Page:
| Oct 02, 2013
The Family Law Act says that a joint guardian of a child must give all other guardians at least 60 days' notice in writing before moving with their children. The only real exceptions to this rule are if:
- The other guardian(s) are likely to become abusive or violent as a result of giving notice; or
- The other guardian(s) don't really have a relationship with that child.
The Family Law Act sets out some indication of what to include in this notice - that is, when the moving guardian will be relocating, and where the guardian is going with the child.
As the Act goes, if the other guardian(s) object to the proposed move, they have 30 days from the day they receive notice to file an application to stop the move. Theoretically (more on this later in this post) if they don't object in this timeframe, the moving guardian is free to start packing.
However, the Family Law Act is silent on how this notice is to be given. Is mailing the notice okay? Would registered mail be better? Do you need to hire a process server to hand the notice to the other guardian(s)? Particularly in matters in the Provincial Court and where a party has already filed an address for service, we're all pretty accustomed to service by mail. Is this good enough for a 60-day notice?
Perhaps not. The judgment of Judge R.D. Morgan in the case of S.B. v. N.L., 2013 BCPC 233 clears this issue up, and offers some additional guidance on the content of these 60-day notices. Specifically, at paragraph 25:
...there should also be proof of delivery of the section 66 notice. That proof could, of course, be the admission of receipt by the other party. However, there will be cases, like the one at bar, where receipt of mailed notice is denied. Consequently, it would be a best practice to have the notice served personally. Also, given the high number of self represented persons in Family Court, it would also be a best practice to include in the notice a clear reference to the 30 day time limit to file an objection. In my view, the best scenario would be a requirement in the Family Law Act Rules that the notice be served in an approved form that includes specific reference to the time limit.
I've placed the key bits of that paragraph in bold text. So, Judge R.D. Morgan mentions that not only should you be serving these notices personally, you should also be inserting a provision telling the other guardian(s) that they only have 30 days to object by filing an application to the court to block the move. This provision will hopefully make its way into a standard form in the near future, much like the stock clauses currently present in documents such as the Notice of Family Claim under the BC Supreme Court Family Rules and the standard wording for protection orders. But for now, lawyers and guardians beware - word your 60-day notices with care.
So - what happens if the objecting guardian fails to object within 30 days? Can your client really start packing if they don't hear anything from the non-moving guardian(s)? After all, according to a strict reading of the Family Law Act, one might have assumed that the objecting guardian might be out of luck once 30 days has elapsed:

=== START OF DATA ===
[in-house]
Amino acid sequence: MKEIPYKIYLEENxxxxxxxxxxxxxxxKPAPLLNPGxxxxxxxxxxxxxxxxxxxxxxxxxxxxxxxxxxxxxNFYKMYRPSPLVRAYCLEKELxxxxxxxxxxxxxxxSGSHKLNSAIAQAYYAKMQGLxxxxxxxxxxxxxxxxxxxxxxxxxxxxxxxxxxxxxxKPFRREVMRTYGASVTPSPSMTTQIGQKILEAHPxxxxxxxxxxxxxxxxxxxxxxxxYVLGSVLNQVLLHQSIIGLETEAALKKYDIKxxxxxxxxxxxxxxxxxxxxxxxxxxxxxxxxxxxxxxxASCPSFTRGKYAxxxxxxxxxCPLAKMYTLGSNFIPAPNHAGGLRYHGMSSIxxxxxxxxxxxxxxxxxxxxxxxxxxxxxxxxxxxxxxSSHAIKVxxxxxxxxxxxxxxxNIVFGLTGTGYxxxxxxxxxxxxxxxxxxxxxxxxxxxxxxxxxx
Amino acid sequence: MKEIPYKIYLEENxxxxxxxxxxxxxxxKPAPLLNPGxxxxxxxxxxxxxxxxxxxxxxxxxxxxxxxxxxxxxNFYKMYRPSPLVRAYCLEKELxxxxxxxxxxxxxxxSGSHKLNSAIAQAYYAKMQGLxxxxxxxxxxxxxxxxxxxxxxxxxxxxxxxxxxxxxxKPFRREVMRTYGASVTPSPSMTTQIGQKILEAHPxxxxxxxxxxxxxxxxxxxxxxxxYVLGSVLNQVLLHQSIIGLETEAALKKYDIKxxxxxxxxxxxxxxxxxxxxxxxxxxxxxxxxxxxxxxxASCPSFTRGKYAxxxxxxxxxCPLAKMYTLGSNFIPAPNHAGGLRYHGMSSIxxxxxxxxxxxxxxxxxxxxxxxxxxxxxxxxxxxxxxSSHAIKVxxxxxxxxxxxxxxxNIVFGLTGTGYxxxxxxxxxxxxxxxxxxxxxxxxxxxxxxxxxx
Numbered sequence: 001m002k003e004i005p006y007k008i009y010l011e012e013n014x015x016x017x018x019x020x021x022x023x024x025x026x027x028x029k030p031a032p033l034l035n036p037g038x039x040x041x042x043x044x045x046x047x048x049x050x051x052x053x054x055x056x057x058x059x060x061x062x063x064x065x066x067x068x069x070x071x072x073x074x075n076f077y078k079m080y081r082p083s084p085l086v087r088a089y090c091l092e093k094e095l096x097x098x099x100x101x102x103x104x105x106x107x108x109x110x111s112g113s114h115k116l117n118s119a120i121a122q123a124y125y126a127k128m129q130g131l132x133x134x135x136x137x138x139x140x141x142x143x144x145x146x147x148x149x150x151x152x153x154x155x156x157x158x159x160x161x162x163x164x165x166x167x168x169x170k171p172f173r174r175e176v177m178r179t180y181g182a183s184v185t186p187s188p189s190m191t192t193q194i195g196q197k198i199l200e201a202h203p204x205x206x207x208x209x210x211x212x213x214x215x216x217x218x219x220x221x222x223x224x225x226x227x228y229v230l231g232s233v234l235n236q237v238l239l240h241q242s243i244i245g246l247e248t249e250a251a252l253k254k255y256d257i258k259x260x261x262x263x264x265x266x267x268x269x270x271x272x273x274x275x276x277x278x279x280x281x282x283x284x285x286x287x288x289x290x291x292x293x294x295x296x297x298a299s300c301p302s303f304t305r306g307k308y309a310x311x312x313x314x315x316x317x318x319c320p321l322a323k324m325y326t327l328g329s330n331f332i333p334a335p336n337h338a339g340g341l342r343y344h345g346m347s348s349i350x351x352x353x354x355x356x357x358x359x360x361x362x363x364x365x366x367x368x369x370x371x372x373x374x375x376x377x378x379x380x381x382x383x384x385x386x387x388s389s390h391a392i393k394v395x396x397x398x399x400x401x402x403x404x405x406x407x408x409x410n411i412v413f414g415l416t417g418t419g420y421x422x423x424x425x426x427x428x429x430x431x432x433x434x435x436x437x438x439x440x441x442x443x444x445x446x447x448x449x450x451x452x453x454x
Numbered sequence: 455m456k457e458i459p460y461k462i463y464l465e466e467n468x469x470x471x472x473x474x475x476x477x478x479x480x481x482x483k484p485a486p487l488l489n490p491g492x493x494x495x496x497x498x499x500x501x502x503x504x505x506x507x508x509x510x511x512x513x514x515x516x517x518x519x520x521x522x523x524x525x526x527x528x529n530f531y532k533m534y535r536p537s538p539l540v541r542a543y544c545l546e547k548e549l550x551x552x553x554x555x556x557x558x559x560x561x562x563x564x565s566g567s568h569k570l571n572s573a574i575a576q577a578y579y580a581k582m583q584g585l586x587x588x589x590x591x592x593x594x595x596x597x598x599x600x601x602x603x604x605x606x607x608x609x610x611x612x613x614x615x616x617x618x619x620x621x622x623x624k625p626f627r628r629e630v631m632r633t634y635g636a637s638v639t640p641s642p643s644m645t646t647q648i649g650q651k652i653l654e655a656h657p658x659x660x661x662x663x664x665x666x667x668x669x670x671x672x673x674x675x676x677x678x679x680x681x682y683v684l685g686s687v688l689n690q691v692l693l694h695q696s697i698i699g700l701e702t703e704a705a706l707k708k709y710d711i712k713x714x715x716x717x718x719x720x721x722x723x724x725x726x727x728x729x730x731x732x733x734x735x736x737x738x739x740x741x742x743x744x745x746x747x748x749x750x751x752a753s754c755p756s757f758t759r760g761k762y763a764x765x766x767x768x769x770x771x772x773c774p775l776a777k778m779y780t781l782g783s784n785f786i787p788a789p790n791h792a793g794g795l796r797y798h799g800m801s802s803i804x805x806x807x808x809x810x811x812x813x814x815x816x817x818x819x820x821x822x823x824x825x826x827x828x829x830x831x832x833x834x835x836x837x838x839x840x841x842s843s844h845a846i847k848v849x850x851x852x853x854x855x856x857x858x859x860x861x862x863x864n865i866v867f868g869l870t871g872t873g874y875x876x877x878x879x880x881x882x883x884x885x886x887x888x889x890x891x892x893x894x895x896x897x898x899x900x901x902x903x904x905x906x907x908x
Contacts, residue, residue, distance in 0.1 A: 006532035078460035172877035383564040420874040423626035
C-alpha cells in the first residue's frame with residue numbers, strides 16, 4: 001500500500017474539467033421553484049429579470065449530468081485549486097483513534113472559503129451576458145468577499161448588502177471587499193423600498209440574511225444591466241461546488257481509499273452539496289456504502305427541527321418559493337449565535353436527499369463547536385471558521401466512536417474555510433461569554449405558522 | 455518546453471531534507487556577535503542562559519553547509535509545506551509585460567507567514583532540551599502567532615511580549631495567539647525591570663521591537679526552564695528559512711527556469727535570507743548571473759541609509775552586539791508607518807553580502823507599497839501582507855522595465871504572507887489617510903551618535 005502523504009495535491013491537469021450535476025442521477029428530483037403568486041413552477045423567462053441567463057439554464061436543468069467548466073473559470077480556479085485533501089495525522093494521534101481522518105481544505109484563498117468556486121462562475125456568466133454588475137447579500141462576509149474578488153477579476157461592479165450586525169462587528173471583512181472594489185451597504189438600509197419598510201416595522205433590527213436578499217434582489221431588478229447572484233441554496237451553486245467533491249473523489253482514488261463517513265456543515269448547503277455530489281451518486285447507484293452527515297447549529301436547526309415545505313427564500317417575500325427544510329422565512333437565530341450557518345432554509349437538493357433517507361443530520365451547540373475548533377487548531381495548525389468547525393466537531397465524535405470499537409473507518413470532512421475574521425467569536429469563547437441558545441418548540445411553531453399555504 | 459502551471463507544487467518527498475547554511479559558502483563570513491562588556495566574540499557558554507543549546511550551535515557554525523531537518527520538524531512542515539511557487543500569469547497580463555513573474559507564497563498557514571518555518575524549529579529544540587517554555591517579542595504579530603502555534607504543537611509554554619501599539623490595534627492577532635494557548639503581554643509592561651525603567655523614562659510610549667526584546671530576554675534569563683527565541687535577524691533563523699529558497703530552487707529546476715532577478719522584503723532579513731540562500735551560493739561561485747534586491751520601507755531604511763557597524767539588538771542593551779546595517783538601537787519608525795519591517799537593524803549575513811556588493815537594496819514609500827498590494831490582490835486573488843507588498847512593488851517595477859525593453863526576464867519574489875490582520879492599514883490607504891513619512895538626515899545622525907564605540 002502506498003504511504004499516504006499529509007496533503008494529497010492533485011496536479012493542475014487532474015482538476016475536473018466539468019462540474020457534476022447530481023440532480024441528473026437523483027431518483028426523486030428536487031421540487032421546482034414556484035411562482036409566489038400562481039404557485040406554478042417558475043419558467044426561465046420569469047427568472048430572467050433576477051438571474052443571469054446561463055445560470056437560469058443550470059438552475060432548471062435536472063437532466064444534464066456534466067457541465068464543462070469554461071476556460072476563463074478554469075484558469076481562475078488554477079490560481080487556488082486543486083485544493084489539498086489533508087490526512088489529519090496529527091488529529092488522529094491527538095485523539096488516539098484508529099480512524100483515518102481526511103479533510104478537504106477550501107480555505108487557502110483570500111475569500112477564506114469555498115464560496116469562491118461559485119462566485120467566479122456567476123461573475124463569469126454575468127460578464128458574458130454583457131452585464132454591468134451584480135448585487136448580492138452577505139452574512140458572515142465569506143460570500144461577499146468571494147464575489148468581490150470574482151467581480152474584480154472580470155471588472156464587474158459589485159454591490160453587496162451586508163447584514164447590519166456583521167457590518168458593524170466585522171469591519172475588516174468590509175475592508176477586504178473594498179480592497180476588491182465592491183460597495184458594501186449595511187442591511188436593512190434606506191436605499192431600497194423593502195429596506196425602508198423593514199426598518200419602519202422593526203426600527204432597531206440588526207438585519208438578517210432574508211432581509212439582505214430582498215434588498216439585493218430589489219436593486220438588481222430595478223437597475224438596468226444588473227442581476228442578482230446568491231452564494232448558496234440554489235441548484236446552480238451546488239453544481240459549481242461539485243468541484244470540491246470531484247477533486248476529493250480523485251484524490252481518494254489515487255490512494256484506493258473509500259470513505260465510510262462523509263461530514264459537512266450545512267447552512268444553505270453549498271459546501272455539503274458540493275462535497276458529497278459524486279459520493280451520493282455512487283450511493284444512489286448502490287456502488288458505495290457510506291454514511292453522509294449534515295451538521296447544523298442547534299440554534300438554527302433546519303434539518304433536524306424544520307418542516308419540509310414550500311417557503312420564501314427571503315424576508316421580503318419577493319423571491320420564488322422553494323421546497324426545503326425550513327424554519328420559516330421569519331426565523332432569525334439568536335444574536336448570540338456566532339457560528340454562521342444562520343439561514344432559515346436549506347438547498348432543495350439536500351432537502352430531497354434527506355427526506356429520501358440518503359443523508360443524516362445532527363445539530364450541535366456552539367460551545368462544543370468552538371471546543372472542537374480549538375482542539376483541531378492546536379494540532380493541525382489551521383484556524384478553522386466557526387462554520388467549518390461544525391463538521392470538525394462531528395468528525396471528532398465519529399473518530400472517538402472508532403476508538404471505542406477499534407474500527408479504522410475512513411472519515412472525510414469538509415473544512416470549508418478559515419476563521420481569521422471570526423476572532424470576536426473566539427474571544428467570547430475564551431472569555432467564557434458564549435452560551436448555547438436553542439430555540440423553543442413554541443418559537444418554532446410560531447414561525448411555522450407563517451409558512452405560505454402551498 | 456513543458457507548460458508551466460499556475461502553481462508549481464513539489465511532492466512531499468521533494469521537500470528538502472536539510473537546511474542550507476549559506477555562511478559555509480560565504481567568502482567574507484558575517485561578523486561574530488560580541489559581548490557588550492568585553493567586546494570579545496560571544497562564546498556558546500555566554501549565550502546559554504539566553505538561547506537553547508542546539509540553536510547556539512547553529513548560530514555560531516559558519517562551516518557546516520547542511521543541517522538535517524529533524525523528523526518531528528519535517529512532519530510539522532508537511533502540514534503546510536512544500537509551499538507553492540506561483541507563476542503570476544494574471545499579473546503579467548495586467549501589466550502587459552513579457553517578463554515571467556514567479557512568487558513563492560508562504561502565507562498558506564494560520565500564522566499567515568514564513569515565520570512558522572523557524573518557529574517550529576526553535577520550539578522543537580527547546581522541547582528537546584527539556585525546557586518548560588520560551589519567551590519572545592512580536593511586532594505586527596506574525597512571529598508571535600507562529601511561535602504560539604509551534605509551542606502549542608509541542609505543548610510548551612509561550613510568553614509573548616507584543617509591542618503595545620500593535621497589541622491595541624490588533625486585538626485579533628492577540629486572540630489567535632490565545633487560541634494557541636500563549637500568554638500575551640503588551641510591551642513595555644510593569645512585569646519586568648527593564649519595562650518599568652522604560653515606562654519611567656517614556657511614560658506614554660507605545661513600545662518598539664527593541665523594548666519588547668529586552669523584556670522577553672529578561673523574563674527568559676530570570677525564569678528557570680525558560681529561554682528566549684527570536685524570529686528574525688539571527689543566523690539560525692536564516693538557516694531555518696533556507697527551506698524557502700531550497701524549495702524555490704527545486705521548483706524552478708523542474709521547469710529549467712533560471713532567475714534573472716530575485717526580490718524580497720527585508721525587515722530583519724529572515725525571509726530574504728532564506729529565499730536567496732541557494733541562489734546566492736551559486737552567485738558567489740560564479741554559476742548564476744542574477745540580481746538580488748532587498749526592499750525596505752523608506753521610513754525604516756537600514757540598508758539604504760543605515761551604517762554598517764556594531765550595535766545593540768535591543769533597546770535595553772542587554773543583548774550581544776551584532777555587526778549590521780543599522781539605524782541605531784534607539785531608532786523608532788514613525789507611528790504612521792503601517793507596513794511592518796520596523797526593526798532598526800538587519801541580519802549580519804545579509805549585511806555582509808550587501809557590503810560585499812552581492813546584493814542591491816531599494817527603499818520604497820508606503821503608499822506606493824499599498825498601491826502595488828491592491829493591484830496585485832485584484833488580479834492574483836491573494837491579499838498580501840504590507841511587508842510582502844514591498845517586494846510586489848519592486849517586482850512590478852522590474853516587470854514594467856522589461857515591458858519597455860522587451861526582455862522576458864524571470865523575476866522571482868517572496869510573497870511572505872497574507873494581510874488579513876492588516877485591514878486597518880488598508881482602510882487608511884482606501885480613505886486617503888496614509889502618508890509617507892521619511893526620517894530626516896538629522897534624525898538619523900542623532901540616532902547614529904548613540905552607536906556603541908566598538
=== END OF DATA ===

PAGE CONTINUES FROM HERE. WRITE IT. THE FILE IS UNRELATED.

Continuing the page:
68 If a child's guardian gives notice under section 66 [notice of relocation] that the guardian plans to relocate the child, the relocation may occur on or after the date set out in the notice unless another guardian of the child, within 30 days after receiving the notice, files an application for an order to prohibit the relocation.
However, this is not actually the case - Judge R.D. Morgan makes it clear that, even though the wording of the Family Law Act seems to be a 'bright line', judges will probably continue to have the authority to hear late applications, provided the objecting guardian(s) can provide good reasons for their tardy filing:
 To allow a full hearing of an application to prohibit relocation that was filed after the 30 day time limit, the court will consider the reasonableness of the explanation for the late filing of the objection, the length of delay in filing, and the degree to which the relocating guardian would be prejudiced by allowing the late filed application to be heard. The degree of prejudice will relate to, among other things, the date of the proposed relocation and the planning already undertaken. In the absence of a reasonable explanation, the court should require cogent and compelling evidence indicating relocation is not in the children's best interests. This should be a significant test to meet, and not simply a road bump that would nullify the intent of the legislature.
So, in a nutshell:
- Best practices dictate that the 60-day notices be personally served on all other guardian(s).
- The opposing guardians must file their applications objecting to the move within 30 days of being served. If they don't meet that deadline, the court will consider their explanation for the delay, the length of the delay, and the harm to the moving guardian if the application is heard. In short, your anxiously packing client isn't quite out of the woods after 30 days.
- If the objecting guardian is late in filing and they don't have a reasonable explanation for their tardiness, they will have to meet the difficult test of providing "...clear and cogent evidence that the move is not in the child's best interests." Unless there's good evidence that the move would not benefit the child, the court will permit the move.